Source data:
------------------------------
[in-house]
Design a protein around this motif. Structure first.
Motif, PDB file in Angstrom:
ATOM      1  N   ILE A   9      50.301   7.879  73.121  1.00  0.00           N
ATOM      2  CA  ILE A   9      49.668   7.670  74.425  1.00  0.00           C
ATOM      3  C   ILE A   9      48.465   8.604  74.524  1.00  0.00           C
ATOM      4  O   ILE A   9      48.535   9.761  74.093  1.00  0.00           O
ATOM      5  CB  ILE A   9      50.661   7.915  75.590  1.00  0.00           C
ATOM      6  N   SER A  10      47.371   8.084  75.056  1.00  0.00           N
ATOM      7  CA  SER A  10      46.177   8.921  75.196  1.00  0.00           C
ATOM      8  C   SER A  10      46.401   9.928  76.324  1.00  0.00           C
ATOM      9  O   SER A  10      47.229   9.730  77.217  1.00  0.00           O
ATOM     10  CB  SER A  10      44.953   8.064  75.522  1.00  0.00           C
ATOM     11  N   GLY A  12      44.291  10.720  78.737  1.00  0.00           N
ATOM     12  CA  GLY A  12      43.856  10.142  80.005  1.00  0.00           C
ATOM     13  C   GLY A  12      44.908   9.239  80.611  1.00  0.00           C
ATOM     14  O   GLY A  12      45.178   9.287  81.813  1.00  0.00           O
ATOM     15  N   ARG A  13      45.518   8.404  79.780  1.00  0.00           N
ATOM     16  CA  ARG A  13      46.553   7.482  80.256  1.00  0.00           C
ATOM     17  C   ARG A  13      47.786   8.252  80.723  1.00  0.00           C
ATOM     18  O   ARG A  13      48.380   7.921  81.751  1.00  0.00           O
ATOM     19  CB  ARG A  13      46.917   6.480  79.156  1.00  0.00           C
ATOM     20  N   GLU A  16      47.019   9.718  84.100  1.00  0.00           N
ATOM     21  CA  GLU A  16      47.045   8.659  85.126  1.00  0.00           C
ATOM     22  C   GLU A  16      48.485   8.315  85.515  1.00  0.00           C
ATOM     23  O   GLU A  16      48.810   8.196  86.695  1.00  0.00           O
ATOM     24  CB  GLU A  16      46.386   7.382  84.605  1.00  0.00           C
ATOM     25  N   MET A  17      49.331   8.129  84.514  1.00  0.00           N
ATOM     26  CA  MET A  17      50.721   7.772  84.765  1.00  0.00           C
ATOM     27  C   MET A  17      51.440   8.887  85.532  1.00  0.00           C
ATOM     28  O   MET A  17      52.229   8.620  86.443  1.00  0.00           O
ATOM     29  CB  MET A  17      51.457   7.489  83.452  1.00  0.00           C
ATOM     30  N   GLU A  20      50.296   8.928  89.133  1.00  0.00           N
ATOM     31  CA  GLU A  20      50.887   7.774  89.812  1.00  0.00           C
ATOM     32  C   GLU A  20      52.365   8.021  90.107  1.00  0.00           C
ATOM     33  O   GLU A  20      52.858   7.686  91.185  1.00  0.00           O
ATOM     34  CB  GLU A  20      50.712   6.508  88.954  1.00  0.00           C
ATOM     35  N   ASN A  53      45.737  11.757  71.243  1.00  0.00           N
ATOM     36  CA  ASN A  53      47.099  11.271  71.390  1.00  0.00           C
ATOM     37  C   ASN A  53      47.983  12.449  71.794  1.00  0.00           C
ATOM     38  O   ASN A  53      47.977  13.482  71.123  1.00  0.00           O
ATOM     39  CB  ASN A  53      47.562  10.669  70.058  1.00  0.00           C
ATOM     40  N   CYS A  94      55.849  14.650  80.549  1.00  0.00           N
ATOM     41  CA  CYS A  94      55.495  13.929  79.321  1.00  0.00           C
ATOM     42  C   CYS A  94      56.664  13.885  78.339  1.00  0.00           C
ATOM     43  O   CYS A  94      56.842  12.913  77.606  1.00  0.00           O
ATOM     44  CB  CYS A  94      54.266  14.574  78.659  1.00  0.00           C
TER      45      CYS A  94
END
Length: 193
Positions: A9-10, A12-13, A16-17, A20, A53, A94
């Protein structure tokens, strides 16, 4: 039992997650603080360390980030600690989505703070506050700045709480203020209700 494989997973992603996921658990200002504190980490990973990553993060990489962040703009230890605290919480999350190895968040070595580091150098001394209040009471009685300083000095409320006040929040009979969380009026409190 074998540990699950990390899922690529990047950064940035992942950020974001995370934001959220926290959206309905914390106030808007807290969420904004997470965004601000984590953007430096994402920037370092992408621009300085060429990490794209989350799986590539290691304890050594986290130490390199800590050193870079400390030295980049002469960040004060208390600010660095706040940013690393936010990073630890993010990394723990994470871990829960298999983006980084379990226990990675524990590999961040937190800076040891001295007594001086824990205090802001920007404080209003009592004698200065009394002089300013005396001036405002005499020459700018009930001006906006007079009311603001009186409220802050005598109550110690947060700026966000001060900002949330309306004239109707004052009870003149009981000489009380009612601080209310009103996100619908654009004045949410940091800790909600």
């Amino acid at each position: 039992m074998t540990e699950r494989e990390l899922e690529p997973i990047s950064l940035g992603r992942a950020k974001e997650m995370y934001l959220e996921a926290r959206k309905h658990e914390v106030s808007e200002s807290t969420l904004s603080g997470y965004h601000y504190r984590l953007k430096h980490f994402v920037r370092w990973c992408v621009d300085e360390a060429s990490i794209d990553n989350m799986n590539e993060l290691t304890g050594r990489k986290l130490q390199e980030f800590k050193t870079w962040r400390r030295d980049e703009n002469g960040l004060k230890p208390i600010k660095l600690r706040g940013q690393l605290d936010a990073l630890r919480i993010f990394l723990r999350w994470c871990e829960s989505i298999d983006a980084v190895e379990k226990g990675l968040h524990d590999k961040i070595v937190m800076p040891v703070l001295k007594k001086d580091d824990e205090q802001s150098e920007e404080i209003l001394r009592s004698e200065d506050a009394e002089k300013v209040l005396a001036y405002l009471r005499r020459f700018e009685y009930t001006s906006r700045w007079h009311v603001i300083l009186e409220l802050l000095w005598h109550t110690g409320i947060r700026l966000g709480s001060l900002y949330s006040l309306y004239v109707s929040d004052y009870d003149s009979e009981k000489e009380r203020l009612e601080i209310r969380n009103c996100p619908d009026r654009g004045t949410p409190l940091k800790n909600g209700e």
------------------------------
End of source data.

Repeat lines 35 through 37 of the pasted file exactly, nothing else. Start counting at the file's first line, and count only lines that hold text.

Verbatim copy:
ATOM     32  C   GLU A  20      52.365   8.021  90.107  1.00  0.00           C
ATOM     33  O   GLU A  20      52.858   7.686  91.185  1.00  0.00           O
ATOM     34  CB  GLU A  20      50.712   6.508  88.954  1.00  0.00           C